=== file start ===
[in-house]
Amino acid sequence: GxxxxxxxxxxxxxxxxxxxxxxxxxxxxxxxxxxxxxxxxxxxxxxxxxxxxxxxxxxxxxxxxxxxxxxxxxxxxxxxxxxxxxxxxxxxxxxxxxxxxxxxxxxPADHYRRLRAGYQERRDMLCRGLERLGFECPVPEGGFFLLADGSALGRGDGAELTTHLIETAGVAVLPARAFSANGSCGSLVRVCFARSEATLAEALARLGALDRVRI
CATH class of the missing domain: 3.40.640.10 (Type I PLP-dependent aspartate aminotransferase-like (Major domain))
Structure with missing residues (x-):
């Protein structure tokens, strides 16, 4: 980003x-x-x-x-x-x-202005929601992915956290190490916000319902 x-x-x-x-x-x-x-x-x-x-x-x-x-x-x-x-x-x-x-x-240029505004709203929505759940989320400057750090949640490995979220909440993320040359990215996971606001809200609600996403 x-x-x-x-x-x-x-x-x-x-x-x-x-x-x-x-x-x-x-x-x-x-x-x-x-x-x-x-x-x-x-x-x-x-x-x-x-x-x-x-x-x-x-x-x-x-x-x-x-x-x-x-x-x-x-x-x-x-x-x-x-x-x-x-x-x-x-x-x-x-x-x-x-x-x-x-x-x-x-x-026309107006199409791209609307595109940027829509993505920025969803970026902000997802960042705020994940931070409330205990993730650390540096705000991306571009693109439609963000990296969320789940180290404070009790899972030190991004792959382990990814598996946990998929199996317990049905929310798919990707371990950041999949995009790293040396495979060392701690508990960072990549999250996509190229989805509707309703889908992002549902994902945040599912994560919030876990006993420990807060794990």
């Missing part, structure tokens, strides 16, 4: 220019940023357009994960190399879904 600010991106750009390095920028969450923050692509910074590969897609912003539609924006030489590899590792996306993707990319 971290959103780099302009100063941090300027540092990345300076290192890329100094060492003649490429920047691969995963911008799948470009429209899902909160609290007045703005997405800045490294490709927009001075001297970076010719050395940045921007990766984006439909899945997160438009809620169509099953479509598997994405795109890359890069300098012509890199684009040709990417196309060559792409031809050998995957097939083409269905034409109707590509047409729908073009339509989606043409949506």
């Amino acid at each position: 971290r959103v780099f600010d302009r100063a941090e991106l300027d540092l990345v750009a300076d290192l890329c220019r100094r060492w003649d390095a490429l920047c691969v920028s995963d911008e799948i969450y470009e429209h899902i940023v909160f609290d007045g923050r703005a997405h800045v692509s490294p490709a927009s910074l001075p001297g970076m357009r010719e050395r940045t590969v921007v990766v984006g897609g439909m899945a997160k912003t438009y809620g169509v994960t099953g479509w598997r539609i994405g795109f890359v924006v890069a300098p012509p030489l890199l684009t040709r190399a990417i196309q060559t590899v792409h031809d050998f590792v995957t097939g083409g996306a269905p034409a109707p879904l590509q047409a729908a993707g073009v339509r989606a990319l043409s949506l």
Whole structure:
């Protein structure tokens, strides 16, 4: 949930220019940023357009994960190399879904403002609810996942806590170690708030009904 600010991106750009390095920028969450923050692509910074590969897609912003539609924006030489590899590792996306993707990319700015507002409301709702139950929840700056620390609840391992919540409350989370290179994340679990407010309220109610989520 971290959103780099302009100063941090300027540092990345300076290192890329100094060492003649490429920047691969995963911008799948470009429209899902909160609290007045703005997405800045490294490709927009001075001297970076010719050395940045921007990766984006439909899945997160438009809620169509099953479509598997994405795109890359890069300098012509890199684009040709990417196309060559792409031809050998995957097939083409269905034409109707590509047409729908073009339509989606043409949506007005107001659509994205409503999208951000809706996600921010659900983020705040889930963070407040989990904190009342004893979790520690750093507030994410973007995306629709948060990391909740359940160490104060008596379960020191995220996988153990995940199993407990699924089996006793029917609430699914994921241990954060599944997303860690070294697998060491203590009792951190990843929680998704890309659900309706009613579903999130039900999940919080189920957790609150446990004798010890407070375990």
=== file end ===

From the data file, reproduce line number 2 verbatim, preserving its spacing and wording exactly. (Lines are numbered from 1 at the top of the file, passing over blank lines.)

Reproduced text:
Amino acid sequence: GxxxxxxxxxxxxxxxxxxxxxxxxxxxxxxxxxxxxxxxxxxxxxxxxxxxxxxxxxxxxxxxxxxxxxxxxxxxxxxxxxxxxxxxxxxxxxxxxxxxxxxxxxxPADHYRRLRAGYQERRDMLCRGLERLGFECPVPEGGFFLLADGSALGRGDGAELTTHLIETAGVAVLPARAFSANGSCGSLVRVCFARSEATLAEALARLGALDRVRI